Just contrast KOTOR and JE with Bioware's earlier PC titles like Icewind Dale and Baldur's Gate. You see the difference?

 

I haven't finished VtMB yet but from I have seen so far it is very much a computer RPG. Unlike KOTOR, it had no character with a pre-generated history (from what I can tell), the character creation system is open-ended like Arcanum or Fallout. It has more or less open-ended gameplay with your stats and skills affecting outcomes... It is rated mature because there is much violence, language, and adult themes that you just won't find in a console RPG..

The only thing truly different about VtMB from older computer RPG games is its FPP. But, yes, there is a push to abandon the isometric view in favor of the FP and Third Person views. That push, however, is one I have nothing against.

image002.gifLancer

 

 

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KOTOR and JE were both console games. So that is not surprising. And that actually serves to prove my point about Bioware slowly adapting to the JRPG mold.

Just contrast KOTOR and JE with Bioware's earlier PC titles like Icewind Dale and Baldur's Gate. You see the difference?

 

I guess I just disagree with calling games like KOTOR and JE a trend towards JRPG style games.

 

Admittedly I'm not very familiar with JRPG except for the FF series, but don't KOTOR and JE allow a LOT more flexibility in terms of character creation, and open endedness in comparison to actual JRPGs?

 

I haven't finished VtMB yet but from I have seen so far it is very much a computer RPG. Unlike KOTOR, it had no character with a pre-generated history (from what I can tell), the character creation system is open-ended like Arcanum or Fallout. It has more or less open-ended gameplay with your stats and skills affecting outcomes... It is rated mature because there is much violence, language, and adult themes that you just won't find in a console RPG..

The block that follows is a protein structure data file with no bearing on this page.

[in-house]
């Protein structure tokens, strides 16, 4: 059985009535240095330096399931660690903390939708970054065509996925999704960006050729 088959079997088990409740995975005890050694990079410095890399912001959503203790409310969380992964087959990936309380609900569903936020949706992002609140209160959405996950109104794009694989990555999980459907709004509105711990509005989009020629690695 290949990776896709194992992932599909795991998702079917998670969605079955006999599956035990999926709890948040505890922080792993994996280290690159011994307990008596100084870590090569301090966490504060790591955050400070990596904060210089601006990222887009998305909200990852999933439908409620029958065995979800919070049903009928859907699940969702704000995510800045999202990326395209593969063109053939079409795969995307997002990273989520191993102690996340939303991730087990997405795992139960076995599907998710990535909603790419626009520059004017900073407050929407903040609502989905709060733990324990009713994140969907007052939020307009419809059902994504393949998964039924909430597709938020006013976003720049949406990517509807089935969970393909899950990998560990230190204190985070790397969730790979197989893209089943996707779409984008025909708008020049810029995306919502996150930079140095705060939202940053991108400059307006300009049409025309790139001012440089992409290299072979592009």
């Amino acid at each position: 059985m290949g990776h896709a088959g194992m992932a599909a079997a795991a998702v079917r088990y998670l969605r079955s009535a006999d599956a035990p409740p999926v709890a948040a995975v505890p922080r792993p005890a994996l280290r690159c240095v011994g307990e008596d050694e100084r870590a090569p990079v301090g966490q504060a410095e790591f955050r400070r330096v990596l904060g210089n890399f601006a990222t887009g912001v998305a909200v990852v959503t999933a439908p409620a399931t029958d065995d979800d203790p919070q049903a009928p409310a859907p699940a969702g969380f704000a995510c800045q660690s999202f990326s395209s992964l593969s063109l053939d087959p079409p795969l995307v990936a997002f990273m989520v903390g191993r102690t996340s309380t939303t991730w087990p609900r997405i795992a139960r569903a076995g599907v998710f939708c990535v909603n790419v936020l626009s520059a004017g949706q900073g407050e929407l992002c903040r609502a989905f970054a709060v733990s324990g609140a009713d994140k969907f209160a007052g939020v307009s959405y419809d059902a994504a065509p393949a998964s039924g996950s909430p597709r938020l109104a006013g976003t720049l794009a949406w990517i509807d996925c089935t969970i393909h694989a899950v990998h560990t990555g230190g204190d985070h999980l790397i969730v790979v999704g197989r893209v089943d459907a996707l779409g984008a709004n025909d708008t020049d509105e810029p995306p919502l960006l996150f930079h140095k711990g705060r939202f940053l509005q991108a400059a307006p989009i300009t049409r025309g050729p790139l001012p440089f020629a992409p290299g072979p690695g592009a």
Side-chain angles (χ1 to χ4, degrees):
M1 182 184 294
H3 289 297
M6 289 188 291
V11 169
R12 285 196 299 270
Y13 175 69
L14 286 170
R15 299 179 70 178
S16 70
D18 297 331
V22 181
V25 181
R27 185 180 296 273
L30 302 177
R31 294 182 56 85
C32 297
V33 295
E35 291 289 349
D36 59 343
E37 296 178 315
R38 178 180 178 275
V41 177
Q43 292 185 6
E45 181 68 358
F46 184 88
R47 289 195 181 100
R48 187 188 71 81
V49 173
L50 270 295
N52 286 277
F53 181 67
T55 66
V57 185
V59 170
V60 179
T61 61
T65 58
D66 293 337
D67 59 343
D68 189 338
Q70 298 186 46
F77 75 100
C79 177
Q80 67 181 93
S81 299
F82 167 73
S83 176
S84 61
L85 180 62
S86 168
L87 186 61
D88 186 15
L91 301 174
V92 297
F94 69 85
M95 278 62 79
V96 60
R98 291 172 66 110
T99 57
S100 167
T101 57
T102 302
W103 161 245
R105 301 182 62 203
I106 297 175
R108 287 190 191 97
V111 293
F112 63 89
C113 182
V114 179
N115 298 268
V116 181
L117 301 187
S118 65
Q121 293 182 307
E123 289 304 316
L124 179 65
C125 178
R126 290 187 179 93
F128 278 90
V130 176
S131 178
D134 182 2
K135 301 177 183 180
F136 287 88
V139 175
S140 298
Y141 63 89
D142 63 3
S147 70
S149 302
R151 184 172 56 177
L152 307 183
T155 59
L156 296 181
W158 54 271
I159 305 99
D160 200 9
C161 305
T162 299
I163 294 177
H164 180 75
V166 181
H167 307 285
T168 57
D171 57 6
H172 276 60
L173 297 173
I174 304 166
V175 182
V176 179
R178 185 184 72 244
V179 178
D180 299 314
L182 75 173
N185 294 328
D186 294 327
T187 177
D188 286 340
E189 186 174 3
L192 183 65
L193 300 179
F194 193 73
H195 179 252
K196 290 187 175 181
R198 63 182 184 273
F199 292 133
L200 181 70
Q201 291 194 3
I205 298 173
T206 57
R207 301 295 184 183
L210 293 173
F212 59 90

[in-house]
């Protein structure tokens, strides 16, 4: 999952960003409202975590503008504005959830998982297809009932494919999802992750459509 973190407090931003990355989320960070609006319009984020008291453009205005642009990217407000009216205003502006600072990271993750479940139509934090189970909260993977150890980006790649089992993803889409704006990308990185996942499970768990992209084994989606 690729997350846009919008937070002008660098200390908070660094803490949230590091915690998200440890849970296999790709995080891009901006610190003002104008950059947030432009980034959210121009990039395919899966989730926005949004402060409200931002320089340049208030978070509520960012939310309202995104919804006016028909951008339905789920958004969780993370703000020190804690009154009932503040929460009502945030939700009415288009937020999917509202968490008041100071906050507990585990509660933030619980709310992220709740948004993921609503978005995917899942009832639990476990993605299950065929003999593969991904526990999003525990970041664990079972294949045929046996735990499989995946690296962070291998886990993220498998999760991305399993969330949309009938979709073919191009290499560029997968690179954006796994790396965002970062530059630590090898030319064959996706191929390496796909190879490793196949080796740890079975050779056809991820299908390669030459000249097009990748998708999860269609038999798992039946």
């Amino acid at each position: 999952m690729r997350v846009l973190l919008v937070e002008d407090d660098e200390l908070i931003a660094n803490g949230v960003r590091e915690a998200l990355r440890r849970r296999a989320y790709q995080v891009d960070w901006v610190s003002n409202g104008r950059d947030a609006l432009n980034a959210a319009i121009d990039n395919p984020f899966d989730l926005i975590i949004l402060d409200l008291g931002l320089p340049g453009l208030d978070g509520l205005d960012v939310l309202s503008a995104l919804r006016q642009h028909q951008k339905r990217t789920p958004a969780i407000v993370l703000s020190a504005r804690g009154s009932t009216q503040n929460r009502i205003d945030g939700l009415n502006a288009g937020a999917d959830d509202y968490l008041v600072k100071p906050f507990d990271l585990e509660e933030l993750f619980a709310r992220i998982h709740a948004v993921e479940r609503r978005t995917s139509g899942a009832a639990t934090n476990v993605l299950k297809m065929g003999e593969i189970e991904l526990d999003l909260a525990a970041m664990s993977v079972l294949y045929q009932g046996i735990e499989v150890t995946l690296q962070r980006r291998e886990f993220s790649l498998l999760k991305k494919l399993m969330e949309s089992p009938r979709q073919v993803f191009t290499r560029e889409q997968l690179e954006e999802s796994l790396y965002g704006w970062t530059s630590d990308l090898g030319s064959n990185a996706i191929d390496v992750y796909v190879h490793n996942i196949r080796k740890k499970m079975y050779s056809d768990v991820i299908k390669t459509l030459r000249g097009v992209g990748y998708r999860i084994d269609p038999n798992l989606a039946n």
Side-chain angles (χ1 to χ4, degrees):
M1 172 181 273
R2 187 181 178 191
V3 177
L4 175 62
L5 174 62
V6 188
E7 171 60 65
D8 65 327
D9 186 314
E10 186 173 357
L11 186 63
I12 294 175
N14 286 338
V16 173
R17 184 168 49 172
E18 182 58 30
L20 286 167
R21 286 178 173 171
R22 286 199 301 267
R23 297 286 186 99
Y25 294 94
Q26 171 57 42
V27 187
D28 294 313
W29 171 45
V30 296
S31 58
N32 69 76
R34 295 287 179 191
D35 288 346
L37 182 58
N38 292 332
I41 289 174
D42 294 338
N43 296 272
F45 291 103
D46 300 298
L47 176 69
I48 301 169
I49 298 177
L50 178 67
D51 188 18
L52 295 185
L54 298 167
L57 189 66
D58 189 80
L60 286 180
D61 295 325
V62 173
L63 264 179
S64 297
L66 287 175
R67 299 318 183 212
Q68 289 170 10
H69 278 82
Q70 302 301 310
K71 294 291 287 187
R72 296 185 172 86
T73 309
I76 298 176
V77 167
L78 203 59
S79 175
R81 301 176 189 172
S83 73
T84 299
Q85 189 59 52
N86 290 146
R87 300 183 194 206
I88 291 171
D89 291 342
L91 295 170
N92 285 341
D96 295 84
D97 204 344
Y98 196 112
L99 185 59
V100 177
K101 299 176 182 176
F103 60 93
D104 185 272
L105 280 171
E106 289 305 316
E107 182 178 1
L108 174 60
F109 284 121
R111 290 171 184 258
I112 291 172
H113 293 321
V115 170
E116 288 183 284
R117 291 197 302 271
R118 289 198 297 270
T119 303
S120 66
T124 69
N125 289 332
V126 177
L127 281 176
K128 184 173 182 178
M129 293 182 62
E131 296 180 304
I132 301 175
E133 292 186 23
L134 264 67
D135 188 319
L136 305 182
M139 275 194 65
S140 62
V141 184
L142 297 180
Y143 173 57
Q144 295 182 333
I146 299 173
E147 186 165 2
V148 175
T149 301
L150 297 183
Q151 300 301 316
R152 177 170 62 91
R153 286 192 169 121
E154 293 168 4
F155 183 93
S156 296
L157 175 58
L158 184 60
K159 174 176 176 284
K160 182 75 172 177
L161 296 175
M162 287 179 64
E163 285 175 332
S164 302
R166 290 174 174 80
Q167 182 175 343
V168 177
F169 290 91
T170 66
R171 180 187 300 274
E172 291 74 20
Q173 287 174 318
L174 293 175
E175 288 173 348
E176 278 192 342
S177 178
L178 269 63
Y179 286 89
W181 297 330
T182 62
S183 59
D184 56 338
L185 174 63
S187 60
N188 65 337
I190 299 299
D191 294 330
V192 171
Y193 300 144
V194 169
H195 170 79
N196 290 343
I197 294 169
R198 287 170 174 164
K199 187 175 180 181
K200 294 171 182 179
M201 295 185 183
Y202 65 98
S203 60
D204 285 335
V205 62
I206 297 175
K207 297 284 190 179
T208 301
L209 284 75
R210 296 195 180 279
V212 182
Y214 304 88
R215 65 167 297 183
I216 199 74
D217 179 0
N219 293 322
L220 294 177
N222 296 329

The only thing truly different about VtMB from older computer RPG games is its FPP. But, yes, there is a push to abandon the isometric view in favor of the FP and Third Person views. That push, however, is one I have nothing against.

 

Just wait until you get to the last third of the game. It becomes quite linear, and desolves into one big fight fest with very little story remaining (in comparison to the first 2/3 of the game).

"Console exclusive is such a harsh word." - Darque

"Console exclusive is two words Darque." - Nartwak (in response to Darque's observation)

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So no new developers will ever create games for the PC? :huh:

If there are no more cRPG developers then there wouldn't be any more cRPG games.

Non sequitur.

 

I was stating my incredulity at your statement that no cRPGs would be made if all the [current] developers were forced into receivership or console platforms.

 

It beggars belief to conclude that no-one would develop a cRPG whilst there is stil a PC on which to develop one.

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I guess I just disagree with calling games like KOTOR and JE a trend towards JRPG style games. 

 

Admittedly I'm not very familiar with JRPG except for the FF series, but don't KOTOR and JE allow a LOT more flexibility in terms of character creation, and open endedness in comparison to actual JRPGs?